5%

Lecture exercises

80%

Final Exam

6%

Lab assignments

6%

Quizzes

6%

Lab exercises

2%

Lecture exercises

Exam and Quizzes

Quizzes will be given at the beginning of class on the days posted on the schedule.

There will be one final exam for the semester. Details and dates will be released during the semester. Please read the section on accomodations if you are in need of extra time. You must inform us of accommodations or conflicts at least 2 weeks in advance of the exam.

Quizzes and exams will be open book. You will be given sample questions beforehand to help you study. Warning! Do not rely heavily on your notes for quizzes. You will need to have concepts memorized in order to finish within the time limit.

Homeworks and exercises

This course features weekly lab exercises and assignments which are an important component of the class.

Lab exercises will be passed out in lab. These exercises are intended to be short and will typically ask you to reproduce demos from class or tackle concepts you will need for your assignment. Lab execises should be handed in at the end of lab.

Class exercises will be passed out in class. These exercises are intended to be short and will typically ask you to practice concepts from lecture. Class execises should be handed in at the end of class.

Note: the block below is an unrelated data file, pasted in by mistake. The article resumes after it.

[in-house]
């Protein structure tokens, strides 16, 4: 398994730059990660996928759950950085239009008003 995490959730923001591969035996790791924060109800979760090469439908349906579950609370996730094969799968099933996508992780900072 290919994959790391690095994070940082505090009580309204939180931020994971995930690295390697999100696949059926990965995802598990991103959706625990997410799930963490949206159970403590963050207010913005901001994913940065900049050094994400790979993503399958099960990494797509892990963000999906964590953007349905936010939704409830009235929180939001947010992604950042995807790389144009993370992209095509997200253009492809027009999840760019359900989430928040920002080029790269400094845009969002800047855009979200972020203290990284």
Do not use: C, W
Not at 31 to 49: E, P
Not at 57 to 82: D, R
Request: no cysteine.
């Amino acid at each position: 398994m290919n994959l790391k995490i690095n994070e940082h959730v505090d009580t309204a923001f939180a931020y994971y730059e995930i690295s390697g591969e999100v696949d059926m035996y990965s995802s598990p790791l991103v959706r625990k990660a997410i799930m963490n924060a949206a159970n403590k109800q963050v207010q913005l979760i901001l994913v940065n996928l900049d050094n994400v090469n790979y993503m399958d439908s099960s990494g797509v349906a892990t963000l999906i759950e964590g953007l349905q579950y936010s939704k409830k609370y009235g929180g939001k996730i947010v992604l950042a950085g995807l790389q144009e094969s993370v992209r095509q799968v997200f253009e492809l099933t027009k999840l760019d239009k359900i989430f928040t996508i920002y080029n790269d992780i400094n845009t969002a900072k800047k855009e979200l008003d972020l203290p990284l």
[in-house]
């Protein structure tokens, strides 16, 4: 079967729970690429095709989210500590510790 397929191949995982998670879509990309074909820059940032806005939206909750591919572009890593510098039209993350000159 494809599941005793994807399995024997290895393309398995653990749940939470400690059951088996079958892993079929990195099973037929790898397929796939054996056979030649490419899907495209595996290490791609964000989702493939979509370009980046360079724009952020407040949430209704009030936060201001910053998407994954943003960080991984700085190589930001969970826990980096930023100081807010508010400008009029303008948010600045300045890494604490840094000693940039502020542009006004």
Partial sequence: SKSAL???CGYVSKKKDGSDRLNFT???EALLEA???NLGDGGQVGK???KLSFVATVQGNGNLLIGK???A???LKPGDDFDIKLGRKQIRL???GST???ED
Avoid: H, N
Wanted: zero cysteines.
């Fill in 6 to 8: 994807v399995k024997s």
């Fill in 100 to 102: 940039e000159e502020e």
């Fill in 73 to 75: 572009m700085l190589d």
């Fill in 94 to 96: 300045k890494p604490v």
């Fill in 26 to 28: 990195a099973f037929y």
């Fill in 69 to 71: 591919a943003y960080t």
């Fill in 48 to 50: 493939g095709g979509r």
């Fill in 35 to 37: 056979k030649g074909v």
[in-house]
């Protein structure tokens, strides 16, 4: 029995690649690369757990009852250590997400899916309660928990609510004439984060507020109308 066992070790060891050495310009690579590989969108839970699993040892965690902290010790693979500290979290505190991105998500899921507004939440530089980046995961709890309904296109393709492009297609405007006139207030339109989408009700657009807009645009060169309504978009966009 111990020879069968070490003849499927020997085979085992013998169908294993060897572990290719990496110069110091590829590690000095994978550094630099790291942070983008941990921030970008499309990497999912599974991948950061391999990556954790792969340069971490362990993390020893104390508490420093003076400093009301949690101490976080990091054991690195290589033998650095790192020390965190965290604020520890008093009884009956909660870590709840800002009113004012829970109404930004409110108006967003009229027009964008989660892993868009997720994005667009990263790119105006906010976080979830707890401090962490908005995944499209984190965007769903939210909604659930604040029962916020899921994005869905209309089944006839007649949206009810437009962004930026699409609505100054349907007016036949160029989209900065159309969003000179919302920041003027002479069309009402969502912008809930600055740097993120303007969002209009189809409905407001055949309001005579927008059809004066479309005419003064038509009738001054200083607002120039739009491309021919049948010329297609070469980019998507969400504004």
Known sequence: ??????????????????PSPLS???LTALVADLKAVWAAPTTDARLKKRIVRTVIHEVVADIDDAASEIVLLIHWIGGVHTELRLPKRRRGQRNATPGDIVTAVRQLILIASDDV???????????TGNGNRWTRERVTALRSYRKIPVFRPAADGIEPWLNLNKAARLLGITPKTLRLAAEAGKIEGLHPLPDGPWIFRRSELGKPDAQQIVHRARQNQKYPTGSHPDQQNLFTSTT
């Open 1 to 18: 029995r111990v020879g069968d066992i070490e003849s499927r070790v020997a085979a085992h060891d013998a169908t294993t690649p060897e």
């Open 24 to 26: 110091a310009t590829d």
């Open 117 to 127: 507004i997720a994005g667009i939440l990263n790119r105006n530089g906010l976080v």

Assignments will be posted Saturdays and due Friday before midnight. You are strongly encouraged to start early so that you can ask questions. See the syllabus for links to the assignments.

You will submit your assignments electronically using Dropbox.

Late Policy

Because practice is so important for learning how to program, we will do frequent exercises, assignments, and quizzes throughout the term.

The purpose of this work is to give you hands on experience with the topics from class. Most of this work will be due in lecture or labs. The weekly time commitment for this course is aimed to be 10 hours or less per week.

No late work will be accepted. Why? Because it’s important that you do not fall behind in the material. It is better to submit incomplete work than to fall behind, or not submit work at all!